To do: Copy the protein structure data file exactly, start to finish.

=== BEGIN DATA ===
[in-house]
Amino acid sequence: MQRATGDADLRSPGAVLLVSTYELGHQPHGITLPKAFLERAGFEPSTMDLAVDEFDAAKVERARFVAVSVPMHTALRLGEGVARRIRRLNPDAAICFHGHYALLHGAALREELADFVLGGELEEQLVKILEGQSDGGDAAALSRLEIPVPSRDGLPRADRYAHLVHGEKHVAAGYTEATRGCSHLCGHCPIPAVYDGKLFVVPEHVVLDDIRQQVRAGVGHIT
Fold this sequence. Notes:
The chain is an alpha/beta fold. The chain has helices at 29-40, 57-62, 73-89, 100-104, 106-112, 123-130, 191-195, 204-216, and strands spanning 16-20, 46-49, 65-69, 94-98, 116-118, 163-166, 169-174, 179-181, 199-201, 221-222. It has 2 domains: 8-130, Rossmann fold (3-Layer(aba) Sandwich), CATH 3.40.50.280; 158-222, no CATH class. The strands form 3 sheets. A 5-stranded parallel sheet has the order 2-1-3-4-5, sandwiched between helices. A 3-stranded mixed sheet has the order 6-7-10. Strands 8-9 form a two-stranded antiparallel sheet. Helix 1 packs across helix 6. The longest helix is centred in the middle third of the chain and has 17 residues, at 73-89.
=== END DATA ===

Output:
[in-house]
Amino acid sequence: MQRATGDADLRSPGAVLLVSTYELGHQPHGITLPKAFLERAGFEPSTMDLAVDEFDAAKVERARFVAVSVPMHTALRLGEGVARRIRRLNPDAAICFHGHYALLHGAALREELADFVLGGELEEQLVKILEGQSDGGDAAALSRLEIPVPSRDGLPRADRYAHLVHGEKHVAAGYTEATRGCSHLCGHCPIPAVYDGKLFVVPEHVVLDDIRQQVRAGVGHIT
Fold this sequence. Notes:
The chain is an alpha/beta fold. The chain has helices at 29-40, 57-62, 73-89, 100-104, 106-112, 123-130, 191-195, 204-216, and strands spanning 16-20, 46-49, 65-69, 94-98, 116-118, 163-166, 169-174, 179-181, 199-201, 221-222. It has 2 domains: 8-130, Rossmann fold (3-Layer(aba) Sandwich), CATH 3.40.50.280; 158-222, no CATH class. The strands form 3 sheets. A 5-stranded parallel sheet has the order 2-1-3-4-5, sandwiched between helices. A 3-stranded mixed sheet has the order 6-7-10. Strands 8-9 form a two-stranded antiparallel sheet. Helix 1 packs across helix 6. The longest helix is centred in the middle third of the chain and has 17 residues, at 73-89.